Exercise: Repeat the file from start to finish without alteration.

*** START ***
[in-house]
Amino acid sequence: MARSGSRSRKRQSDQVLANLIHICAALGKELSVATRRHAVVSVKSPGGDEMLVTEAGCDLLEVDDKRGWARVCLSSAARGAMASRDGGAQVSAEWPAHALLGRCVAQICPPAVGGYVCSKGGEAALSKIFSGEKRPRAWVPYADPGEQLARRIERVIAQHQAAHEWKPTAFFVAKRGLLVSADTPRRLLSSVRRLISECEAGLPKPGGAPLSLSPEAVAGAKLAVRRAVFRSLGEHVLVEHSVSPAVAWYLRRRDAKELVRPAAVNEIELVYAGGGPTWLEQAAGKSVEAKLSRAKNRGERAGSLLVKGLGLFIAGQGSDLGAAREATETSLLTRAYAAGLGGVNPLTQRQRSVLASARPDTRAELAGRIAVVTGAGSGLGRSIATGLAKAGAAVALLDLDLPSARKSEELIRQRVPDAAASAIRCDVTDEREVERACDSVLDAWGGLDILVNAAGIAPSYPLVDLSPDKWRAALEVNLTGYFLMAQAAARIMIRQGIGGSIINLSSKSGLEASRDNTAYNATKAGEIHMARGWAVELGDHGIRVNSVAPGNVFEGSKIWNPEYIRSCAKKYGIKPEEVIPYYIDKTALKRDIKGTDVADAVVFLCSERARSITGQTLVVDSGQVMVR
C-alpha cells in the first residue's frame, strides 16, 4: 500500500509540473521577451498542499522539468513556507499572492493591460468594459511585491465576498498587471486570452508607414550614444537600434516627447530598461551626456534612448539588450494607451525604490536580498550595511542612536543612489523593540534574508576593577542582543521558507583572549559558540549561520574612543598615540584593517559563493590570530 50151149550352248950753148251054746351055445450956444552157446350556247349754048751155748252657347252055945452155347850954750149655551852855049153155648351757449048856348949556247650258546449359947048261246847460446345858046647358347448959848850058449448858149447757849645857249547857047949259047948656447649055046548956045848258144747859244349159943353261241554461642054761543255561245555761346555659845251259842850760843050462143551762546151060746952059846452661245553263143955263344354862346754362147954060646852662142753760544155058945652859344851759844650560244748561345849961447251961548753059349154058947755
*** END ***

[in-house]
Amino acid sequence: MARSGSRSRKRQSDQVLANLIHICAALGKELSVATRRHAVVSVKSPGGDEMLVTEAGCDLLEVDDKRGWARVCLSSAARGAMASRDGGAQVSAEWPAHALLGRCVAQICPPAVGGYVCSKGGEAALSKIFSGEKRPRAWVPYADPGEQLARRIERVIAQHQAAHEWKPTAFFVAKRGLLVSADTPRRLLSSVRRLISECEAGLPKPGGAPLSLSPEAVAGAKLAVRRAVFRSLGEHVLVEHSVSPAVAWYLRRRDAKELVRPAAVNEIELVYAGGGPTWLEQAAGKSVEAKLSRAKNRGERAGSLLVKGLGLFIAGQGSDLGAAREATETSLLTRAYAAGLGGVNPLTQRQRSVLASARPDTRAELAGRIAVVTGAGSGLGRSIATGLAKAGAAVALLDLDLPSARKSEELIRQRVPDAAASAIRCDVTDEREVERACDSVLDAWGGLDILVNAAGIAPSYPLVDLSPDKWRAALEVNLTGYFLMAQAAARIMIRQGIGGSIINLSSKSGLEASRDNTAYNATKAGEIHMARGWAVELGDHGIRVNSVAPGNVFEGSKIWNPEYIRSCAKKYGIKPEEVIPYYIDKTALKRDIKGTDVADAVVFLCSERARSITGQTLVVDSGQVMVR
C-alpha cells in the first residue's frame, strides 16, 4: 500500500509540473521577451498542499522539468513556507499572492493591460468594459511585491465576498498587471486570452508607414550614444537600434516627447530598461551626456534612448539588450494607451525604490536580498550595511542612536543612489523593540534574508576593577542582543521558507583572549559558540549561520574612543598615540584593517559563493590570530 50151149550352248950753148251054746351055445450956444552157446350556247349754048751155748252657347252055945452155347850954750149655551852855049153155648351757449048856348949556247650258546449359947048261246847460446345858046647358347448959848850058449448858149447757849645857249547857047949259047948656447649055046548956045848258144747859244349159943353261241554461642054761543255561245555761346555659845251259842850760843050462143551762546151060746952059846452661245553263143955263344354862346754362147954060646852662142753760544155058945652859344851759844650560244748561345849961447251961548753059349154058947755